House Democrats released details of an economic-recovery plan Thursday that would be more expensive but with fewer tax cuts than proposed by President-elect Barack Obama.
The Democrat's $825 billion package that is intended to jump start the slumping economy would include $550 billion in investment and job creation measures and $275 billion in tax cuts.
Mr. Obama instead has floated a $775 billion plan with $300 billion in tax cuts.
The Democrats' proposal calls for $500 tax credit for employed Americans and a $1,000 per couple for those earning less than $200,000.
The plan also would provide businesses with tax credits for hiring military veterans and "disconnected youth," and includes a first-time home buyers tax credit.
Not included in the package is a proposal floated by the president-elect for a $3,000 business tax credit to hire or retain workers.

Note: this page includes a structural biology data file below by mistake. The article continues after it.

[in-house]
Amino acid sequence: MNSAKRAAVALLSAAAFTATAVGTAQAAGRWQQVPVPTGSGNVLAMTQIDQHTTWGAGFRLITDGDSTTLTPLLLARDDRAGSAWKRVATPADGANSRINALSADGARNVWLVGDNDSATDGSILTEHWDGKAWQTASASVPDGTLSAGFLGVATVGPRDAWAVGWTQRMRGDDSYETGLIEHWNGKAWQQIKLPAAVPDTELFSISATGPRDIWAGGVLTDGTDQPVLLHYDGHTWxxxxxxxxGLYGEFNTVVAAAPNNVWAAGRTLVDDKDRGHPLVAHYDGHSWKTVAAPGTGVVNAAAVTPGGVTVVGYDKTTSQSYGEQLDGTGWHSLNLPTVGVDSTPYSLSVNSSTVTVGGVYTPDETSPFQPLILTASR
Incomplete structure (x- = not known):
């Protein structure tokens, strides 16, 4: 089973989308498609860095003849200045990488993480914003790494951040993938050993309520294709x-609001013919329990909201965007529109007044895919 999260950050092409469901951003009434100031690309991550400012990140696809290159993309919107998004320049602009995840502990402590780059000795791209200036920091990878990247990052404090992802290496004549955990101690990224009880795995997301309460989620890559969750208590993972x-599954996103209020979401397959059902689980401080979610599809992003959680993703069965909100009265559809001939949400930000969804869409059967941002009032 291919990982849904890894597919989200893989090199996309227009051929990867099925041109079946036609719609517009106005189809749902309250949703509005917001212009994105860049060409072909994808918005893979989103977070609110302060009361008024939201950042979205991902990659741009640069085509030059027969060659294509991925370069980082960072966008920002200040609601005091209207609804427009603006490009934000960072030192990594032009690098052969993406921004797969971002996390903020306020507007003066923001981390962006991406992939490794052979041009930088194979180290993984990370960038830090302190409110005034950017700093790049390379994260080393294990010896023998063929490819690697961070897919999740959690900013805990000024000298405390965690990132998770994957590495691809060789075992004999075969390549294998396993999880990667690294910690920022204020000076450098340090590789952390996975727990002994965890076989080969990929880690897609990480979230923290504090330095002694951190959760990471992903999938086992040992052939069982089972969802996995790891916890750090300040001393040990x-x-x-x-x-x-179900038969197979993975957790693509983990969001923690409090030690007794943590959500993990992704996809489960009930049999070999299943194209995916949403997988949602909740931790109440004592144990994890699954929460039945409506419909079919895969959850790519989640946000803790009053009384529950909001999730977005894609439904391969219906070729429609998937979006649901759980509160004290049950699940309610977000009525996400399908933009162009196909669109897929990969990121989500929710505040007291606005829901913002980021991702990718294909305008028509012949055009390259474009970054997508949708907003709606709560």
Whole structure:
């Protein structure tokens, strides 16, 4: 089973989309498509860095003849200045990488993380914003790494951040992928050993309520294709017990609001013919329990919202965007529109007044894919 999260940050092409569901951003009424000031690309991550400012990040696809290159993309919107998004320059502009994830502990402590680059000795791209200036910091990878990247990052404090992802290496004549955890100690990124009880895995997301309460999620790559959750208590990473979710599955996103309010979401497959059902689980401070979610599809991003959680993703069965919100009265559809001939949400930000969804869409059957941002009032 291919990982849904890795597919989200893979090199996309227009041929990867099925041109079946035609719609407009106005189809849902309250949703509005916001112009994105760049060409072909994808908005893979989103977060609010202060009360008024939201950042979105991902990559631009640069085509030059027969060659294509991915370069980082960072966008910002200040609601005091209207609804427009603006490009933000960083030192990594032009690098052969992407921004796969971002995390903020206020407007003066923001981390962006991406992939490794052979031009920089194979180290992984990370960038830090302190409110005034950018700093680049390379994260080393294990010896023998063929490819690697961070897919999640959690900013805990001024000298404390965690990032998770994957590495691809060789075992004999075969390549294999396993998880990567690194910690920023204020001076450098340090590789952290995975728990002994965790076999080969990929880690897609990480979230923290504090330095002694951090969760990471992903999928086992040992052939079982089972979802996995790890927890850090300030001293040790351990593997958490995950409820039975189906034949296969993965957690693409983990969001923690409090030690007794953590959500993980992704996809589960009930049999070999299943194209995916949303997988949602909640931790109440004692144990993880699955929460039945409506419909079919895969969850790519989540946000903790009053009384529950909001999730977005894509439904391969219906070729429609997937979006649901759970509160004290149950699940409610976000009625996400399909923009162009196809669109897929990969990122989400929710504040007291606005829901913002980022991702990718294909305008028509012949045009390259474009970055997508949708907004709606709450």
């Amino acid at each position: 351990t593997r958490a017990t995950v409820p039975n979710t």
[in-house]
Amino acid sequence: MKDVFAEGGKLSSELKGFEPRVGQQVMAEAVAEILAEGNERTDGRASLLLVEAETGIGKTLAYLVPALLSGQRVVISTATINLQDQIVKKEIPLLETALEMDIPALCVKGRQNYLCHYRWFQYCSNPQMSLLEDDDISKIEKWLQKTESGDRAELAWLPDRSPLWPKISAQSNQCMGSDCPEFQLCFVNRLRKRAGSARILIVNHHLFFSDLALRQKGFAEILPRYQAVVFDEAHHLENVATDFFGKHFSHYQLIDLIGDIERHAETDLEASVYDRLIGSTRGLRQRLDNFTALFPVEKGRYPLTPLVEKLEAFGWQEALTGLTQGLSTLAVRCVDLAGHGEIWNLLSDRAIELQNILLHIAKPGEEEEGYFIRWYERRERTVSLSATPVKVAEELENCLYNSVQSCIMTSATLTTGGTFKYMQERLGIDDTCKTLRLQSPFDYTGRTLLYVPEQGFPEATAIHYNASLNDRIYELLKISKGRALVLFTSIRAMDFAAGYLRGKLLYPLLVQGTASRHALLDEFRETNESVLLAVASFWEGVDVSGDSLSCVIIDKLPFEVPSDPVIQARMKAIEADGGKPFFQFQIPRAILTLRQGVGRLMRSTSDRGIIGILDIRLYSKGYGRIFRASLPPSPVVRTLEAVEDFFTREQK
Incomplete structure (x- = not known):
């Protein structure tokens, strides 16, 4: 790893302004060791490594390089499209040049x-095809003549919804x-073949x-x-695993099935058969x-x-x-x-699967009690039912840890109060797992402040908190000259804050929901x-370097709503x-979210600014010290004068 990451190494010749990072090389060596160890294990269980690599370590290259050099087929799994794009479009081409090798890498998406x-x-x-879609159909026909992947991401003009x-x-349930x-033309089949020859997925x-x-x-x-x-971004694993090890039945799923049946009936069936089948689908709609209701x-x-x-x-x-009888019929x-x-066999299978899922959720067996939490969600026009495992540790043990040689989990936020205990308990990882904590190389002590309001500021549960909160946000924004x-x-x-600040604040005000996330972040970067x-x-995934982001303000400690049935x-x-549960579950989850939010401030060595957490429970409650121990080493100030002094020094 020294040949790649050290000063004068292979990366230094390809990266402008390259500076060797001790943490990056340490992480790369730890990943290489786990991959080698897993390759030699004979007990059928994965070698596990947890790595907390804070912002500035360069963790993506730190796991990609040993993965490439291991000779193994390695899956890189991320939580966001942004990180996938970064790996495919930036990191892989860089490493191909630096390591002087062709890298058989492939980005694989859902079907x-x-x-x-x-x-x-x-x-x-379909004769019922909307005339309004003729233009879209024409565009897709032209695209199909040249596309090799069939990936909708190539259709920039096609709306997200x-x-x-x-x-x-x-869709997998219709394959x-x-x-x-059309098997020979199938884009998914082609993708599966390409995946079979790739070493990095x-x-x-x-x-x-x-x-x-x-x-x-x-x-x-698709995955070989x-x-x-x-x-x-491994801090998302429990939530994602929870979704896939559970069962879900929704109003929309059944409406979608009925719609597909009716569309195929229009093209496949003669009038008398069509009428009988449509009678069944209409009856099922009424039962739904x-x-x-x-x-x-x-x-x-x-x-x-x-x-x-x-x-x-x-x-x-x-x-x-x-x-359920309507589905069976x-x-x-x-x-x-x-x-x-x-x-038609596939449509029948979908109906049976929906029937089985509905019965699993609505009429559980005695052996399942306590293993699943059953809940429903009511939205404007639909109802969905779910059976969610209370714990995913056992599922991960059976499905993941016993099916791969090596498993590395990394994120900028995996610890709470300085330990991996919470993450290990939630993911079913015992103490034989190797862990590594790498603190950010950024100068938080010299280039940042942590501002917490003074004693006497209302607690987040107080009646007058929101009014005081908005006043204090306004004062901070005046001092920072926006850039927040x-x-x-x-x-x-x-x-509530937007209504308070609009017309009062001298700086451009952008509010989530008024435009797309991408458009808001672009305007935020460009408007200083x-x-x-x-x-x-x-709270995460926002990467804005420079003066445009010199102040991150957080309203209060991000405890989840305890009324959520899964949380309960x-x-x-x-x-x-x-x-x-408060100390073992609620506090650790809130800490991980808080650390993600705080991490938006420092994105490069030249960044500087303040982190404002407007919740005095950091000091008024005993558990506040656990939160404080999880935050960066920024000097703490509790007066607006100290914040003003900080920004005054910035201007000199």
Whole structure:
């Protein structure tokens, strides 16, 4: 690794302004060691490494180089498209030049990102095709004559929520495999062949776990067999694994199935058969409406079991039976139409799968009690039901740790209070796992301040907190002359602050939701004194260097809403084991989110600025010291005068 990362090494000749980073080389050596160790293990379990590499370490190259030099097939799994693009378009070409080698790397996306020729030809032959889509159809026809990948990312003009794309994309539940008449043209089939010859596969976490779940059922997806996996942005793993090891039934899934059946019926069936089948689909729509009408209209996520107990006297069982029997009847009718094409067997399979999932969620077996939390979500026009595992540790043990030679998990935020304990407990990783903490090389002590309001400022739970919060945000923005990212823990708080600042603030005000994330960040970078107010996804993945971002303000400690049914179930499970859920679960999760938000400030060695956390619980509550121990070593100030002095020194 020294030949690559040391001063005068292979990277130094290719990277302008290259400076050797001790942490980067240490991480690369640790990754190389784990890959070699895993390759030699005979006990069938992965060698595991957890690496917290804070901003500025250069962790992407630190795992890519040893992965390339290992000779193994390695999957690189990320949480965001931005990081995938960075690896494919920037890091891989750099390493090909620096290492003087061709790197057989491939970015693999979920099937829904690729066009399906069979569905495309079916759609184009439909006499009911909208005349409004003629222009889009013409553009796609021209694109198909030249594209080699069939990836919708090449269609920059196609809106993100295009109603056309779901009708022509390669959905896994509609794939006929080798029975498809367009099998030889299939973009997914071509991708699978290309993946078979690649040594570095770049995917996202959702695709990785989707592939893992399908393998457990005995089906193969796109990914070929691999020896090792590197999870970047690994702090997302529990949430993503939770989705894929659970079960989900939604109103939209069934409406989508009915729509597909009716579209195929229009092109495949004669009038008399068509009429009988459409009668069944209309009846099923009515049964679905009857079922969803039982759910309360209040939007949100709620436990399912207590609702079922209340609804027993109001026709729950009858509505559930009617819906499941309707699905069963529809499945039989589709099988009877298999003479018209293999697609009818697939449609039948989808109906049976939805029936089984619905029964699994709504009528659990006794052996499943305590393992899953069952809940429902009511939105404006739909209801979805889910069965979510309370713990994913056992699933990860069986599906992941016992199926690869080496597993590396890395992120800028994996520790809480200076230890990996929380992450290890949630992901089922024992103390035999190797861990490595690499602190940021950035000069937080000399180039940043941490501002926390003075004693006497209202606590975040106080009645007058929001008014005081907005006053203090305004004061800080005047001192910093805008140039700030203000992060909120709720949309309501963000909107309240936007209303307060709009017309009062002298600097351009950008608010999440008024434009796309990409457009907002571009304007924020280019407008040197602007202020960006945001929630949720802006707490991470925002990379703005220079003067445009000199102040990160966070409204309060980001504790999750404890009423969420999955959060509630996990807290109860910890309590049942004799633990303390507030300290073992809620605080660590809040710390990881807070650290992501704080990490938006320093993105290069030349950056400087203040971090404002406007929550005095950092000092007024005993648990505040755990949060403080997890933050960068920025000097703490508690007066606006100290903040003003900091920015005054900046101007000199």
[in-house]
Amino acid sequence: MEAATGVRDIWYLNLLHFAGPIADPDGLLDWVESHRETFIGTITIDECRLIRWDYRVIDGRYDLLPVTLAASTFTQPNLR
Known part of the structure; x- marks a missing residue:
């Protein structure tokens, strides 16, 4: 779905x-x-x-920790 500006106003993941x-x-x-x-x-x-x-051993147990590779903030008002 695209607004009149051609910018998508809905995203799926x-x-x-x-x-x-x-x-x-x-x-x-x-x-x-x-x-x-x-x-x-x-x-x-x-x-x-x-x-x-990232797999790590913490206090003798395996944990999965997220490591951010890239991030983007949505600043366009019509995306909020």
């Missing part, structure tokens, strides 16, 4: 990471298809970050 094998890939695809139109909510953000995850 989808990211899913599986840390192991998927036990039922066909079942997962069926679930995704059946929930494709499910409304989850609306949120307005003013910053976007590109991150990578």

House Speaker Nancy Pelosi told reporters at a morning press conference that the numbers in the House Democrats' plan were fluid and could change during committee "markups" next week.
"This is the first step along the way," the California Democrat said.
The speaker promised to brining the full recovery plan to the House floor for a vote in two weeks.
Mrs. Pelosi said the package would include no earmarks — or special pet projects — a provision Republicans had demanded.
The Democratic proposal also would include:
• $90 billion for a temporary increase in the Medicaid matching rate
• $41 billion for schools
• $32 billion for upgrades to the nation's energy transmission, distribution, production and storage systems.
• $31 billion for federal and public infrastructure upgrades
• $30 billion for highway construction
• $16 billion for public housing repairs
• $10 billion for science facilities and research
• $6 billion to expand broadband Internet access in rural areas.